The Bus Driver with PTS
By Edward Meiggs BHSc
A bus driver came to see me for complaints of right shoulder and neck pain. He reported that this problem had been worsening over the last several months. He had gone to see his general practitioner who prescribed a popular muscle relaxant. But, as he was a public transportation driver he was unable take this prior to work. He said that recently the tightness and tenderness was causing a pulling sensation while operating his bus. The driver did admit that the muscle relaxer helped at night, but soreness returned in the morning and was worse throughout the day. He denied memory of injury to this shoulder. He came to see me because his provider told him to try bodywork, and a friend suggested acupressure.
Physical examination of the shoulder revealed no signs of trauma or palpable injury. Range of motion demonstrated normal symmetry in movement. He was found to have equal grip and strength. His pull was level and without drift. Windmill showed slight deviation from left, his complaint arm had a better reach in zenith. I found no abnormal physiology.
Meridian assessment in the affected shoulder area yielded signs of qi blockage in the St and SI acupoints. When asked how his stomach had been behaving, the man reported with a surprised voice, that he had been suffering from an upset stomach since his brother had died recently, he attributed this to eating through his grief. The bus driver reported that his brother, younger than the he, passed away several months before due to lung cancer. Upon further questioning he did admit that the pain in his shoulder started after his brother's passing, as well as a sudden increase in food consumption. But he failed to see how, other than stress from work, this loss could cause his shoulder pain.
I questioned him at length regarding his relationship with his brother. His brother and him seemed to have a normal relationship with little variance. His brother was 1 ½ years younger and always followed his lead. He was quieter and less curious about life than the driver. The younger brother had gotten married first while the bus driver was off in the Navy. These thoughts made him tearful and he remarked how unfair it was that his younger brother was taken from him. Their relationship had remained close through the years. When asked for a memorable story from growing up he told me the following;
“When I was 8, my brother and I collected a bunch of scrap wood from the wood pile behind the barn and gathered some pieces of lumber sticks from the Amish mill down the lane. We had found a perfect tree in which to build a tree fort. This tree was way down the field behind the house, right at the edge of a cornfield. There was a little stream there in the ditch that ran between the field and fence. We borrowed a hammer, nails and hand saw from dads shop and spent all that hot summer day building a tree fort way up in that old tree. When we were finished the pride and happiness made us ecstatic. Well, we were jumping up and down in this tree-house and high-fiving each other when my brother fell, I grabbed hold of his arm and had a grip for a moment. Just then Mom called us to dinner. Startled, my hand slipped and he fell. He ended up with a broken collarbone and we were not allowed back in the tree house that summer. I also received a good whipping for using Dad's tools without permission.”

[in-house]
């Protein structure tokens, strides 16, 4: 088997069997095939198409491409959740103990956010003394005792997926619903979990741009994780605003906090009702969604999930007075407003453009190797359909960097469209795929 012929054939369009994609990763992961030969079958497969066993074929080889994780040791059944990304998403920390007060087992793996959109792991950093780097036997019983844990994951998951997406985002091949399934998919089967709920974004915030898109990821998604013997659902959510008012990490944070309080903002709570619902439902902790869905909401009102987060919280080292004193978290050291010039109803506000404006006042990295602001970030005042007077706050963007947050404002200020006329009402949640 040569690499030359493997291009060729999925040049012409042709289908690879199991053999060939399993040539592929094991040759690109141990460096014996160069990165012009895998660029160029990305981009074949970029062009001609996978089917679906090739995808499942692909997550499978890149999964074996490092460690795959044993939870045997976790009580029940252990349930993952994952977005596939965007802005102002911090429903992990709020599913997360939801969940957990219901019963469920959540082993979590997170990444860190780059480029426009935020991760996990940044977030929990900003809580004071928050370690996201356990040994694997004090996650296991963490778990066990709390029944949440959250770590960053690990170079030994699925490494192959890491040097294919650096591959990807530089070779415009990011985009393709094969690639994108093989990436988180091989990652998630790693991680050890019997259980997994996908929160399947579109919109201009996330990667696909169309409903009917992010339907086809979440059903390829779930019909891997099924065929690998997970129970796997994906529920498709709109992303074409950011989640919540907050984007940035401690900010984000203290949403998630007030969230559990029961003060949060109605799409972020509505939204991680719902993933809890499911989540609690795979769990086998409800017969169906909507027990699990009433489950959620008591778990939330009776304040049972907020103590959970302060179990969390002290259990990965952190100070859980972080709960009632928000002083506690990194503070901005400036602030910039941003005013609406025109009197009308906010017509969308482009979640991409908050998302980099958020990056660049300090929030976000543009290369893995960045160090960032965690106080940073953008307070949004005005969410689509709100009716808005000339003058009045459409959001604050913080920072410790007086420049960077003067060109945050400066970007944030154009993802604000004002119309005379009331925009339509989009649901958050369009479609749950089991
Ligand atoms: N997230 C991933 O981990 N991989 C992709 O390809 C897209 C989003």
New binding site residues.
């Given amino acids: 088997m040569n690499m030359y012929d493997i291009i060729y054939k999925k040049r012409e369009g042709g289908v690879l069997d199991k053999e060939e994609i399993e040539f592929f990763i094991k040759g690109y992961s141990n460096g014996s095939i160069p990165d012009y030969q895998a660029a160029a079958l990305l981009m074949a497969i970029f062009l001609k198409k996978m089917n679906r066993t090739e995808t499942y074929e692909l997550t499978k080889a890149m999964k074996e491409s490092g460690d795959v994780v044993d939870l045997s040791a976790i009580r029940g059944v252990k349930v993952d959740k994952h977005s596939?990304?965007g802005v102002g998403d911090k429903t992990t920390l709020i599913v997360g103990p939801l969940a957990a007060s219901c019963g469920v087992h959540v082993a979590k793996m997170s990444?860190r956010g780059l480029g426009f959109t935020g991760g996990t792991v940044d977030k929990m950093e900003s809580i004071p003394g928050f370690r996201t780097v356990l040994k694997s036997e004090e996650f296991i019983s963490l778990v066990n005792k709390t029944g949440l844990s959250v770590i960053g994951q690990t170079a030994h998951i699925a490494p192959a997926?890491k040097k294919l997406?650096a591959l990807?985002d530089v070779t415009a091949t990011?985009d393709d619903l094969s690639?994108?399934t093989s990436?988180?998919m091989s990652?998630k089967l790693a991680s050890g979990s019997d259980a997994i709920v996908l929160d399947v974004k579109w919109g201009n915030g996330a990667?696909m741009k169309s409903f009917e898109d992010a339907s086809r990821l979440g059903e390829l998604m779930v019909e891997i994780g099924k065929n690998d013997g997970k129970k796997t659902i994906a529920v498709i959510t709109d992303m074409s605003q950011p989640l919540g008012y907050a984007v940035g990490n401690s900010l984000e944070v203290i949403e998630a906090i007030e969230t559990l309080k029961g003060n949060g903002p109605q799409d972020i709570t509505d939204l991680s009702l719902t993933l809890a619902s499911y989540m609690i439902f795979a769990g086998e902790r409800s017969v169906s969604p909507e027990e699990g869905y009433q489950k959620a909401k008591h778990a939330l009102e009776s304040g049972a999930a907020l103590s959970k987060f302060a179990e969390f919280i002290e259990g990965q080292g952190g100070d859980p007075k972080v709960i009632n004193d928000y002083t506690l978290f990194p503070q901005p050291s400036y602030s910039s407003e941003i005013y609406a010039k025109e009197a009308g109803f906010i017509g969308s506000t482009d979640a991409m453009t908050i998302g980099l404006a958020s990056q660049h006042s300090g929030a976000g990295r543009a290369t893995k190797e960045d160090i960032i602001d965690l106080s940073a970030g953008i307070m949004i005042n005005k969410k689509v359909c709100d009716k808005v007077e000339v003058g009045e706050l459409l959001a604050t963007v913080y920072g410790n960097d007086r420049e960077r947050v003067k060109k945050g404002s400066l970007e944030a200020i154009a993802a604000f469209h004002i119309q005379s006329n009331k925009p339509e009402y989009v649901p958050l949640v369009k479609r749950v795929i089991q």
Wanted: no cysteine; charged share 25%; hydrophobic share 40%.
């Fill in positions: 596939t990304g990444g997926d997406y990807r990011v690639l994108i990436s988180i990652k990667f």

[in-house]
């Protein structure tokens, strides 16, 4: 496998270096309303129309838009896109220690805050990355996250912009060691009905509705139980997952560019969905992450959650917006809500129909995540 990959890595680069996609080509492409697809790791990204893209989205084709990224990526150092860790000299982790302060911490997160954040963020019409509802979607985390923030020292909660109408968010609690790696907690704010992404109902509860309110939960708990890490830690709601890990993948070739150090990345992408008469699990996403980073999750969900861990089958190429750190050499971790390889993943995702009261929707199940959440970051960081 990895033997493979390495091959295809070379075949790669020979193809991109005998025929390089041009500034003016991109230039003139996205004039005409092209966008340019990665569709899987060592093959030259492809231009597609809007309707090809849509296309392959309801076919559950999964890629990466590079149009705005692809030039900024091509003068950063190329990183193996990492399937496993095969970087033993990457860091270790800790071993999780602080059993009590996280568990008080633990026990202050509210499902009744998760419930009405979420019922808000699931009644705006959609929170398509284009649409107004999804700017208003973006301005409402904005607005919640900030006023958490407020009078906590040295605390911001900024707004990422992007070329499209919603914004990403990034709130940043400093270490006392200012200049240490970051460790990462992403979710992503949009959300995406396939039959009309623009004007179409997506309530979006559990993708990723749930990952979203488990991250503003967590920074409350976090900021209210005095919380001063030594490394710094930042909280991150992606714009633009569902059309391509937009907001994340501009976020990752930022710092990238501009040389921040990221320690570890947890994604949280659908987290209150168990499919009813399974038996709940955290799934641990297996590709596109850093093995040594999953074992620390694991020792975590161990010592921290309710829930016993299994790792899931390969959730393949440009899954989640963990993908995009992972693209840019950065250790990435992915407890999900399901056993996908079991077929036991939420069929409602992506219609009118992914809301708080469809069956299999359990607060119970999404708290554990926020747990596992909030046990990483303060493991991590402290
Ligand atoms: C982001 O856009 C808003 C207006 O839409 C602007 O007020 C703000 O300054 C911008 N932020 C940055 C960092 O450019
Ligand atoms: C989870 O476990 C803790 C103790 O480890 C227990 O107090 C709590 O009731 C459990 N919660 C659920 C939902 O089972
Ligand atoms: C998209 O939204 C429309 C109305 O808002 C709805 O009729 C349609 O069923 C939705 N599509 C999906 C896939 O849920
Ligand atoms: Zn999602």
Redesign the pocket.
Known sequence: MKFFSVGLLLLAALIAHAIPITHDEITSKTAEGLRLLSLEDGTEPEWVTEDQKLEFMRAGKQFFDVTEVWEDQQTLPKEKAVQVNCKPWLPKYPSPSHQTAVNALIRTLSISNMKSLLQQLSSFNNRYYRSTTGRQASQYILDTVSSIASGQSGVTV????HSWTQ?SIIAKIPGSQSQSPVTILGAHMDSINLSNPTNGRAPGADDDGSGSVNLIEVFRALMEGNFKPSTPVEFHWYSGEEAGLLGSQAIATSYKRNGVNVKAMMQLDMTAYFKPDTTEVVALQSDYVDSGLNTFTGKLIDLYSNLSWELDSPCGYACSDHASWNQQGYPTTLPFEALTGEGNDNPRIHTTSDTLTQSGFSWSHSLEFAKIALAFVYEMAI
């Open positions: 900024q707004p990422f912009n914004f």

Further questioning revealed that he had attempted to arrest his brother's fall with his right hand, and that he could almost feel the strain of trying to hold on to his brother while telling his story. "Now that you mention it," he said. The bus driver did remember faintly that his arm and shoulder hurt, but must be nothing compared to what his brother had been suffering. His brother who had fractured his right collarbone and spent most of the summer in a brace. Thus reminding our bus driver daily of the incident as they shared a room together, and he had to help his brother on and off with the brace daily for bathing.
I spoke with him of tissue memory and of the psychoneuroimmunology affects by such a sudden loss. I explained my belief that a form of Post Traumatic Stress had occurred in his shoulder, as no injury was apparent. After some further elementary deductions he was given Causticum to take until his shoulder started to give up its Post Traumatic Stress symptoms, then to cease taking the remedy and allow healing to occur.
Eight days later the bus driver called back to tell me that his shoulder had no pain or stiffness and he no longer had any soreness in the morning. He also stated that he felt less upset in the stomach, and no longer finds himself at the refrigerator or in the cookie jar while thinking of his brother. He even reported the loss of a few pounds.
April 24, 2012
Edward Meiggs BHSc